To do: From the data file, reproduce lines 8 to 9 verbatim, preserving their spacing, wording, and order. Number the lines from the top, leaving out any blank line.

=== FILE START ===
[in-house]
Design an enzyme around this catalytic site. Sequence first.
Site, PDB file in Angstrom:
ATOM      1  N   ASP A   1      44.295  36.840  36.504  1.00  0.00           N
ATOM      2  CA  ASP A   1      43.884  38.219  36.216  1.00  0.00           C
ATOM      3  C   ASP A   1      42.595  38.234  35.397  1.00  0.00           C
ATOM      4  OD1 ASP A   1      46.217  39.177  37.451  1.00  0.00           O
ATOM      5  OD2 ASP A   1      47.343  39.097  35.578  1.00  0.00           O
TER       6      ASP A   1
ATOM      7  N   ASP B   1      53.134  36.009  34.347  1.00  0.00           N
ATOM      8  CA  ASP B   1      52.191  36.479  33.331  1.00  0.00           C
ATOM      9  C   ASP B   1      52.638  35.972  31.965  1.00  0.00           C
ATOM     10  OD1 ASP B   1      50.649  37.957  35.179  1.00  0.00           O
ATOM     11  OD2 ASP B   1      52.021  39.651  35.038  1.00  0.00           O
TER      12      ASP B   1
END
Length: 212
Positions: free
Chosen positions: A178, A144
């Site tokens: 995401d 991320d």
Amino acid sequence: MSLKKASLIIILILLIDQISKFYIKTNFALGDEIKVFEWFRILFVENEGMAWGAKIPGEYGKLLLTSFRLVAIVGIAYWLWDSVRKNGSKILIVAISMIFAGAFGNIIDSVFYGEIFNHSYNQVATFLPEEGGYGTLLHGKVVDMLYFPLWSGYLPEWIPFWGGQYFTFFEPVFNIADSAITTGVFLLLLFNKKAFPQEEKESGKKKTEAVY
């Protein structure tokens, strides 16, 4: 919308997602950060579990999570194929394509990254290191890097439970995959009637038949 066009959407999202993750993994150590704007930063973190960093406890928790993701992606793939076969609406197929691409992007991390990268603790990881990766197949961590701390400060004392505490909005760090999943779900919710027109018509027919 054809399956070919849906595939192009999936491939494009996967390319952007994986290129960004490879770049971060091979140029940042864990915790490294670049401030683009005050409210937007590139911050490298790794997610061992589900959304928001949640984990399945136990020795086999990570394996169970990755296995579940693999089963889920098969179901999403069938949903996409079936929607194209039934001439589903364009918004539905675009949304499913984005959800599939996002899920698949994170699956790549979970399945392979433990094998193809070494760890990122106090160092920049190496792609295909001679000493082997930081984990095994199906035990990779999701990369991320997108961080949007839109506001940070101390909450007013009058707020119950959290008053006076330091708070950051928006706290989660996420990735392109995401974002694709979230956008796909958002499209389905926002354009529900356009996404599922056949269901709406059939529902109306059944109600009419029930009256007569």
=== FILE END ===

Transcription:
ATOM      5  OD2 ASP A   1      47.343  39.097  35.578  1.00  0.00           O
TER       6      ASP A   1